Student lifestyles


Introduction & Scope

This report is aimed at brands who wish to engage with students and market to them.

Rather than discussing topics that have already been covered extensively elsewhere (such as the increasing indebtedness of students and their role as ‘consumers’ being ‘sold’ education courses by universities), the report looks in-depth at how companies can successfully
engage with students.

Also, instead of simply describing the behaviour and habits of students, this report is intended to provide insightful information into how students think and behave when it comes to purchasing decisions and brand marketing.

Report coverage

We cover four key topic areas:

  • Engaging with students: What ways can companies successfully engage with students? What media are students using less and using more of?
  • Purchasing behaviour: What resources do students use to make purchasing decisions regarding ‘big-ticket’ items?
  • Brand perceptions: What do students think of key brands in the gadgets and mobile industry? Are students loyal to brands or do they chop and change?
  • The student consumer: How savvy are students as consumers? What do students think about their financial situation? What commercial opportunities exist in the student market? (This includes an overview of tangible opportunities that fastmoving brands can exploit this year).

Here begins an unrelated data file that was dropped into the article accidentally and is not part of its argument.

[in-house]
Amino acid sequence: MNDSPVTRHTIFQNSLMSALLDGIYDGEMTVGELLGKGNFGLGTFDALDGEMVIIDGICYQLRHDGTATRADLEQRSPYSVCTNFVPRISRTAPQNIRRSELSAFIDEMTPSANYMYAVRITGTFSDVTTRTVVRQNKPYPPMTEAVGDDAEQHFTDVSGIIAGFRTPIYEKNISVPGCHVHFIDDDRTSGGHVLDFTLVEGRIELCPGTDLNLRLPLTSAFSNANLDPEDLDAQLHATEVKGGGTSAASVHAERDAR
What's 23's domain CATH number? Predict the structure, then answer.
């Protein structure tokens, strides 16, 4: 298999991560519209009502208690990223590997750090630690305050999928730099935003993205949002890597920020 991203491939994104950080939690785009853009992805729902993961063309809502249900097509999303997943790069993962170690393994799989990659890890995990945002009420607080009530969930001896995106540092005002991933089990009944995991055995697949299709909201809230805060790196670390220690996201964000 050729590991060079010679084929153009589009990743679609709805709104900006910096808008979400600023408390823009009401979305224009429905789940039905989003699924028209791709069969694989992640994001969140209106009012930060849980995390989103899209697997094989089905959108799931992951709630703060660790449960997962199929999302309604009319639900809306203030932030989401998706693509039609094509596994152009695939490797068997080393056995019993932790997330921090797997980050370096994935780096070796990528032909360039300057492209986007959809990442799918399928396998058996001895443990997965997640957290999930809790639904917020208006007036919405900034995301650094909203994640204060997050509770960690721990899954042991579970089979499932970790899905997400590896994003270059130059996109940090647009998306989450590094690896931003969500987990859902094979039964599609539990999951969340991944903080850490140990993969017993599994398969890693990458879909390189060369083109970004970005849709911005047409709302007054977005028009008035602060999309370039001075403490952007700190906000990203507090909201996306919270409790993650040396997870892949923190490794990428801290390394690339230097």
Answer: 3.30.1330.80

For this report, one online survey was conducted among members of The nationally representative sample consisted of 850 UK adults aged 18+ attending a UK higher education institution ( Student Lifestyle Survey 9th – 13th June 2010).

Three findings were taken from an earlier online survey of members in March 2010. This was a nationally representative sample of 1,414 UK adults aged 18+ attending a UK higher education institution. These findings are clearly indicated in the report.

Approximately 40 questions were asked in total, covering the following topics:

  • Popularity of part-time jobs
  • Popularity of parental funding for students
  • Student engagement with marketing communications from brands 
  • Effectiveness of restaurant vouchers
  • Student engagement with internet advertising
  • Student engagement with email marketing
  • Student engagement with marketing via social networks
  • Time spent watching TV (traditional and online)
  • Reasons for finding a TV advert enjoyable
  • Student engagement with celebrity endorsements
  • Time spent listening to the radio (traditional and online)
  • Media multitasking behaviour
  • Popularity of pay-as-you-go versus pay monthly contract mobile deals
  • Popularity of mobile handset brands
  • Frequency of internet usage on mobiles
  • Frequency of mobile apps usage
  • Time spent playing console/PC games
  • Reasons for viewing marketing communications negatively
  • Reasons behind decisions on ‘big-ticket’ purchases
  • Perceptions of mobile network brands
  • Perceptions of mobile handset brands
  • Perceptions of ‘triple play’ providers
  • Brand loyalty of students
  • Loyalty to mobile handset brands
  • Loyalty to mobile network brands
  • Awareness of and attitudes towards privacy and security issues
  • Items that students usually buy online rather than in a shop
  • Take-up of financial products
  • Awareness and behaviour related to switching energy providers